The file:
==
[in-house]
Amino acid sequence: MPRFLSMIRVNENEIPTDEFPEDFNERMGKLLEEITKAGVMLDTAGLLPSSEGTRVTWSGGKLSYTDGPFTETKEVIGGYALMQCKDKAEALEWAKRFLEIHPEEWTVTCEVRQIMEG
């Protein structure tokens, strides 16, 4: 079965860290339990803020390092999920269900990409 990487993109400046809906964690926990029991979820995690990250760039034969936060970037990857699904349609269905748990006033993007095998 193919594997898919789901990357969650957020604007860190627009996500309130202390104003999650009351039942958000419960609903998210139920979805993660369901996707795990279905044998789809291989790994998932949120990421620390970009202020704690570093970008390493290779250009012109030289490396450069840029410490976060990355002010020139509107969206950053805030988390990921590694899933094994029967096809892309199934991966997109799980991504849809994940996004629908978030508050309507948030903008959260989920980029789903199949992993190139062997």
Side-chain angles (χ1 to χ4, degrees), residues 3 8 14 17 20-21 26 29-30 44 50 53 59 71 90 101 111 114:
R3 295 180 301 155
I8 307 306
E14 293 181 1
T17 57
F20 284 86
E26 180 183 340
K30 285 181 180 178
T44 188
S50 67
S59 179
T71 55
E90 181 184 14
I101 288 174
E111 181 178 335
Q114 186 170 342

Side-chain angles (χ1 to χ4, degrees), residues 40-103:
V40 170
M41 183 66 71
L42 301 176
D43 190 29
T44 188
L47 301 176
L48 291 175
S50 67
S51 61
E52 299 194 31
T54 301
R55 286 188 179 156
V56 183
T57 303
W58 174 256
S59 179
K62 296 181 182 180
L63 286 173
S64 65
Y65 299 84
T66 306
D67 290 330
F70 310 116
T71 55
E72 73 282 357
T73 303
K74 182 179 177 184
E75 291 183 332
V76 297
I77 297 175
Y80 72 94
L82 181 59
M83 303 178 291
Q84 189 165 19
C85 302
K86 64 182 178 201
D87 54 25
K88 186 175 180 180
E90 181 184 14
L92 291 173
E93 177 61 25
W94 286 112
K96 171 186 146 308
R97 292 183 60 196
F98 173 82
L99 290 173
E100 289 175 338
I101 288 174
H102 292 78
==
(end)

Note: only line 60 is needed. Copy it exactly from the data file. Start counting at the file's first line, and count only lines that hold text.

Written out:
L92 291 173